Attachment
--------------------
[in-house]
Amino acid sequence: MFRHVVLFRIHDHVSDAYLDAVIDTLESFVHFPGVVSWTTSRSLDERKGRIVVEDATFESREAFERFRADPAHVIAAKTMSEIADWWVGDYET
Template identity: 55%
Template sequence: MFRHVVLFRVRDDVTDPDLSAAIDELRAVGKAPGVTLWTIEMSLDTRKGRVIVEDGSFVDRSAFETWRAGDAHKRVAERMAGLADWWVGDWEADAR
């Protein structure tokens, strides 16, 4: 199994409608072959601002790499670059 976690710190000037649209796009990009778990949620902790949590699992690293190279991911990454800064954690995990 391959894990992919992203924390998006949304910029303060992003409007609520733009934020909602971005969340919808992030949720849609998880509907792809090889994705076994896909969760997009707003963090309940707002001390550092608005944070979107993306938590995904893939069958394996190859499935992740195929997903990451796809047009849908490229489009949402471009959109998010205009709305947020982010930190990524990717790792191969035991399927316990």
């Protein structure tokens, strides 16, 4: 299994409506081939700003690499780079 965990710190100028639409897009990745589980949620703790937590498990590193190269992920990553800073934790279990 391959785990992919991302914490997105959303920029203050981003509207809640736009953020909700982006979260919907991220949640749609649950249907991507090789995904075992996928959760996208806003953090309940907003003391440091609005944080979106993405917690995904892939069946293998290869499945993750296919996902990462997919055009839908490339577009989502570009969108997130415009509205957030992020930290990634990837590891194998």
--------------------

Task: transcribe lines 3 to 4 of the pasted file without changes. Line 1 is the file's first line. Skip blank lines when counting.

Template identity: 55%
Template sequence: MFRHVVLFRVRDDVTDPDLSAAIDELRAVGKAPGVTLWTIEMSLDTRKGRVIVEDGSFVDRSAFETWRAGDAHKRVAERMAGLADWWVGDWEADAR